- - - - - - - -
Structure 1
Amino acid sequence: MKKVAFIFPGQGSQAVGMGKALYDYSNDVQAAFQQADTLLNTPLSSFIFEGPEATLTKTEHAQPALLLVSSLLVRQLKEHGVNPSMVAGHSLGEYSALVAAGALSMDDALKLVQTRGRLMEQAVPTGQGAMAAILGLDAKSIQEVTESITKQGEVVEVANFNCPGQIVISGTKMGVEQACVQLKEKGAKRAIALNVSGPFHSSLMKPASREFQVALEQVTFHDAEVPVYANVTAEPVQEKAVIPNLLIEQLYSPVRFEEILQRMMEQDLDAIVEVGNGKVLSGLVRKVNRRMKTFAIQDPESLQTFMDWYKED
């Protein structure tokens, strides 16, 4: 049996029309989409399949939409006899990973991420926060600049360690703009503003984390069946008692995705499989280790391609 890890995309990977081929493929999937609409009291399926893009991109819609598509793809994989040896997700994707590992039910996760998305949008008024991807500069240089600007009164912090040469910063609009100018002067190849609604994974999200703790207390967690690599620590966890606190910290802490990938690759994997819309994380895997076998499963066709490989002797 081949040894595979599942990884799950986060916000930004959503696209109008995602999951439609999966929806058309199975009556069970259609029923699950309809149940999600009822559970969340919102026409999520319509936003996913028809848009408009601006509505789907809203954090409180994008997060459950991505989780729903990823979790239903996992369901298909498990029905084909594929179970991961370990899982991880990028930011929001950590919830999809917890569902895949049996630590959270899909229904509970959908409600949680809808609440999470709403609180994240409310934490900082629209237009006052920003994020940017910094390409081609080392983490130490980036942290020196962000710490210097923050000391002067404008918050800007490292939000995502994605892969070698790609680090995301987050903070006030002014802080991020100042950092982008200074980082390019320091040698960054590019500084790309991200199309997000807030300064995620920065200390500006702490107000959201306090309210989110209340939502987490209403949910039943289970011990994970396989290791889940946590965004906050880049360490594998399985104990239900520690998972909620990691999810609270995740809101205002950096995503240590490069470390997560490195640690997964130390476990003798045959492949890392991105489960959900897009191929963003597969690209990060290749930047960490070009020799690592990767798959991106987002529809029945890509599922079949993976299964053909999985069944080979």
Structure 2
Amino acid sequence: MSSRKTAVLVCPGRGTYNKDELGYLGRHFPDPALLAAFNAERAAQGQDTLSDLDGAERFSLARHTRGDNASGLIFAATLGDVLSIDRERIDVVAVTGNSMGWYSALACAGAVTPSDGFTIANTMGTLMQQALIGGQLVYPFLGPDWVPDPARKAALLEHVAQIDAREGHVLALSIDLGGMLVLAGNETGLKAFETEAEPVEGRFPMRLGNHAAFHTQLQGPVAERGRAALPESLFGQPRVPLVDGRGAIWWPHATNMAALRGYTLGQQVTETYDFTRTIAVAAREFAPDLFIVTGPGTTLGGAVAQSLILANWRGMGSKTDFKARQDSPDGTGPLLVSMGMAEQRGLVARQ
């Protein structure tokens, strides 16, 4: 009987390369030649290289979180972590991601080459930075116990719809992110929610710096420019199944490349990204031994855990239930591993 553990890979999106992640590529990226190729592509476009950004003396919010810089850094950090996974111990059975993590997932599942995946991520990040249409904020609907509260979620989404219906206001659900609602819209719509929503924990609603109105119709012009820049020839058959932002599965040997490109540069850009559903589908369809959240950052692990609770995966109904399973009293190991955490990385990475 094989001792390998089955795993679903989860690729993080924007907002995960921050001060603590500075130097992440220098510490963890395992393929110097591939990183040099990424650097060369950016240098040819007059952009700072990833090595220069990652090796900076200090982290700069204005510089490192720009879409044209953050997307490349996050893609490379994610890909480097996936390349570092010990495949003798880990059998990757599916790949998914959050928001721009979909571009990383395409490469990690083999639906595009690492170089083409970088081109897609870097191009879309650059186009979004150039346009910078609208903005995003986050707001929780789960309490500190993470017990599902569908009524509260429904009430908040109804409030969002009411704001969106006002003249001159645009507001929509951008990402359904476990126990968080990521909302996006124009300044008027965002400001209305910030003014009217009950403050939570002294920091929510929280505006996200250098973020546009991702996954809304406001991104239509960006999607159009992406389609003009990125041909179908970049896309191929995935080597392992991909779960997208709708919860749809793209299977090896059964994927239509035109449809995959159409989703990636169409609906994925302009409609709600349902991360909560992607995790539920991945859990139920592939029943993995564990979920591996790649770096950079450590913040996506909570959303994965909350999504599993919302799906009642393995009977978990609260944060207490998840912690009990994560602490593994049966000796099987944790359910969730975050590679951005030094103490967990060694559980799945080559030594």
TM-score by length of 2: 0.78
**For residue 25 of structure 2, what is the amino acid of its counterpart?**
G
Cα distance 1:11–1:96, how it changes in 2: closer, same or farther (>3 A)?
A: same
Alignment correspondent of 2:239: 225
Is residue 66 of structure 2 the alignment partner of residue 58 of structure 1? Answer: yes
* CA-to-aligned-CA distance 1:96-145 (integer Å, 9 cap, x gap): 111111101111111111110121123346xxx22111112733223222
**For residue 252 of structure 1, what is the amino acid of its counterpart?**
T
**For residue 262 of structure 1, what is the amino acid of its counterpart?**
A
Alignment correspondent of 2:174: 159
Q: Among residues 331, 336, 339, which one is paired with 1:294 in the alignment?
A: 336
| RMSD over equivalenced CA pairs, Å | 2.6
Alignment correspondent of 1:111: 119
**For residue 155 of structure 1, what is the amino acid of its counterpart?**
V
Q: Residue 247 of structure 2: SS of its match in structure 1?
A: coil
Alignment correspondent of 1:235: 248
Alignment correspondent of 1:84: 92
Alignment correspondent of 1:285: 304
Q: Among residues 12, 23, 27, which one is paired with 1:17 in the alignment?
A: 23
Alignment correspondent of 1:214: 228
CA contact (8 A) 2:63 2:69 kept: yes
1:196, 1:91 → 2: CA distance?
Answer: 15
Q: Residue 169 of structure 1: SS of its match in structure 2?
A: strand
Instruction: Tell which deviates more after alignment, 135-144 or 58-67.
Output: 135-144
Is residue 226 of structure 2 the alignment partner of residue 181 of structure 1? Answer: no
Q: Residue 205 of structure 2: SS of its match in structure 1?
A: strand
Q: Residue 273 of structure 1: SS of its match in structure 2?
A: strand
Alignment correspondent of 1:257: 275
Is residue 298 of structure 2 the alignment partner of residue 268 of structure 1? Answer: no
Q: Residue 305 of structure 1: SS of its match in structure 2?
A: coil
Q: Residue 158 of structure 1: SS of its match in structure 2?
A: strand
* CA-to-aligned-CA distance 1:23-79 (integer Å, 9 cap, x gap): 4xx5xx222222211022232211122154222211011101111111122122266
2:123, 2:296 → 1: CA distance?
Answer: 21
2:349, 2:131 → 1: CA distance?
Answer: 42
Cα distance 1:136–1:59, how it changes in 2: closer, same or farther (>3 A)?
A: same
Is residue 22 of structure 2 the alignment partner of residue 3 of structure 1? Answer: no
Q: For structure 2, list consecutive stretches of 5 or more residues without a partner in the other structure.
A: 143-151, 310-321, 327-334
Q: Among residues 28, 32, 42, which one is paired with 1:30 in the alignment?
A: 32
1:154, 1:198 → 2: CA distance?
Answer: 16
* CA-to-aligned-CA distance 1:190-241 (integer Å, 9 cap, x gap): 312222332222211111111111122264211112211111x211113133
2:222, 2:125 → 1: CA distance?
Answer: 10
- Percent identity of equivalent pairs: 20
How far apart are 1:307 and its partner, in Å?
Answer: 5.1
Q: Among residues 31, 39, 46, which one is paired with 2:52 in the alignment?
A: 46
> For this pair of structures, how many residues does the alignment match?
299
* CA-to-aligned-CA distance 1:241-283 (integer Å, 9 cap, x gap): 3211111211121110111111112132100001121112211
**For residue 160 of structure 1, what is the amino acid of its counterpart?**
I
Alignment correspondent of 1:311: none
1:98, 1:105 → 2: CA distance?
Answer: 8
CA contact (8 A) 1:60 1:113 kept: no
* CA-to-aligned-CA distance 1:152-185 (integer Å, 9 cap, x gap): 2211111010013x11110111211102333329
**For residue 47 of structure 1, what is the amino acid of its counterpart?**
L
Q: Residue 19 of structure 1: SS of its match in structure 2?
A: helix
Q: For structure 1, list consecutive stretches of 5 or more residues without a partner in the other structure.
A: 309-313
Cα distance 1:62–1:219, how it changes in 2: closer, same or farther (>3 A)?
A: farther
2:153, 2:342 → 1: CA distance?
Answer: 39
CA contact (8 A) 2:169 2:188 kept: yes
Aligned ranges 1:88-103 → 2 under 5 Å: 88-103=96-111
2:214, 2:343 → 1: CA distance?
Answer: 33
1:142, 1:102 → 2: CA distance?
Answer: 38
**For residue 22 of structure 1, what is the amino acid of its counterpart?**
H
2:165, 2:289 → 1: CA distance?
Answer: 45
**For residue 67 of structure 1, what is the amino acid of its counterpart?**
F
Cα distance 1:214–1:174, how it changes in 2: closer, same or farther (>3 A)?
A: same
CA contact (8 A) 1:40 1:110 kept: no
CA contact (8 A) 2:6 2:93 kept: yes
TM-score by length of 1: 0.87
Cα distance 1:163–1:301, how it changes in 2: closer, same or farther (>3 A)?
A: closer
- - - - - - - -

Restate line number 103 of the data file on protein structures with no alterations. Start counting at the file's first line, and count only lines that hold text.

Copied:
Answer: 45